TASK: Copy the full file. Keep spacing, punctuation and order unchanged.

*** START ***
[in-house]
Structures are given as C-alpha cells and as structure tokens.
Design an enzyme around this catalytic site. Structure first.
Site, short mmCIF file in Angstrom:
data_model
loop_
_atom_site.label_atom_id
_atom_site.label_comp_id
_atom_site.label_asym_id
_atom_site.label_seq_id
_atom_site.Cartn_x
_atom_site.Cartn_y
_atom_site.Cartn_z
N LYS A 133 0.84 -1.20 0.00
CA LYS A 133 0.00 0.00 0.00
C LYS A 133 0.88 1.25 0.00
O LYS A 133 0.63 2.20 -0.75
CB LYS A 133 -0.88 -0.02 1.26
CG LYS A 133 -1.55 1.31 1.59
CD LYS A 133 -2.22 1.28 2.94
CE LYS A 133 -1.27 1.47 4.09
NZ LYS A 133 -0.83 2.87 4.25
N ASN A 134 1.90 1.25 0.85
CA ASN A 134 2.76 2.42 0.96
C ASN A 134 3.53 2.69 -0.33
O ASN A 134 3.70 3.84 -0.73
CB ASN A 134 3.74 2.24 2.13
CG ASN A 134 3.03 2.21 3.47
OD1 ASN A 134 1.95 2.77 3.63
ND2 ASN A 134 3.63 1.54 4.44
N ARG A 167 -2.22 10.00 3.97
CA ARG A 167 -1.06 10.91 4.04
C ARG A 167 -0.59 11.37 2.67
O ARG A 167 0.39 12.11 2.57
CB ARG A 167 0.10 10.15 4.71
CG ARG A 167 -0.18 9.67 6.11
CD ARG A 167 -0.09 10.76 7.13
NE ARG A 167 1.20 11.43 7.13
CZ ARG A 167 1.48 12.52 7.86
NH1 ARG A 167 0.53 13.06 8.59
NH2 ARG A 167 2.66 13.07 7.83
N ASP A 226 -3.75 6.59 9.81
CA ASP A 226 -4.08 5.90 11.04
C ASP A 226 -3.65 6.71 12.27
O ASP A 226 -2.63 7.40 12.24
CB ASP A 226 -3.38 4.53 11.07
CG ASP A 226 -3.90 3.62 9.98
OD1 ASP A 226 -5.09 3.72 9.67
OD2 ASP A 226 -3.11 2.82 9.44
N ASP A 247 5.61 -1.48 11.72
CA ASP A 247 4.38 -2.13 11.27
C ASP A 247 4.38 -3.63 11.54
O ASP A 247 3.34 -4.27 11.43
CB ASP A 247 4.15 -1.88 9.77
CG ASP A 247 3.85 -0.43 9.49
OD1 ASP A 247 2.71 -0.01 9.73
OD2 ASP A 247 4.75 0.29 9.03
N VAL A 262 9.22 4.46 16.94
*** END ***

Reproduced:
[in-house]
Structures are given as C-alpha cells and as structure tokens.
Design an enzyme around this catalytic site. Structure first.
Site, short mmCIF file in Angstrom:
data_model
loop_
_atom_site.label_atom_id
_atom_site.label_comp_id
_atom_site.label_asym_id
_atom_site.label_seq_id
_atom_site.Cartn_x
_atom_site.Cartn_y
_atom_site.Cartn_z
N LYS A 133 0.84 -1.20 0.00
CA LYS A 133 0.00 0.00 0.00
C LYS A 133 0.88 1.25 0.00
O LYS A 133 0.63 2.20 -0.75
CB LYS A 133 -0.88 -0.02 1.26
CG LYS A 133 -1.55 1.31 1.59
CD LYS A 133 -2.22 1.28 2.94
CE LYS A 133 -1.27 1.47 4.09
NZ LYS A 133 -0.83 2.87 4.25
N ASN A 134 1.90 1.25 0.85
CA ASN A 134 2.76 2.42 0.96
C ASN A 134 3.53 2.69 -0.33
O ASN A 134 3.70 3.84 -0.73
CB ASN A 134 3.74 2.24 2.13
CG ASN A 134 3.03 2.21 3.47
OD1 ASN A 134 1.95 2.77 3.63
ND2 ASN A 134 3.63 1.54 4.44
N ARG A 167 -2.22 10.00 3.97
CA ARG A 167 -1.06 10.91 4.04
C ARG A 167 -0.59 11.37 2.67
O ARG A 167 0.39 12.11 2.57
CB ARG A 167 0.10 10.15 4.71
CG ARG A 167 -0.18 9.67 6.11
CD ARG A 167 -0.09 10.76 7.13
NE ARG A 167 1.20 11.43 7.13
CZ ARG A 167 1.48 12.52 7.86
NH1 ARG A 167 0.53 13.06 8.59
NH2 ARG A 167 2.66 13.07 7.83
N ASP A 226 -3.75 6.59 9.81
CA ASP A 226 -4.08 5.90 11.04
C ASP A 226 -3.65 6.71 12.27
O ASP A 226 -2.63 7.40 12.24
CB ASP A 226 -3.38 4.53 11.07
CG ASP A 226 -3.90 3.62 9.98
OD1 ASP A 226 -5.09 3.72 9.67
OD2 ASP A 226 -3.11 2.82 9.44
N ASP A 247 5.61 -1.48 11.72
CA ASP A 247 4.38 -2.13 11.27
C ASP A 247 4.38 -3.63 11.54
O ASP A 247 3.34 -4.27 11.43
CB ASP A 247 4.15 -1.88 9.77
CG ASP A 247 3.85 -0.43 9.49
OD1 ASP A 247 2.71 -0.01 9.73
OD2 ASP A 247 4.75 0.29 9.03
N VAL A 262 9.22 4.46 16.94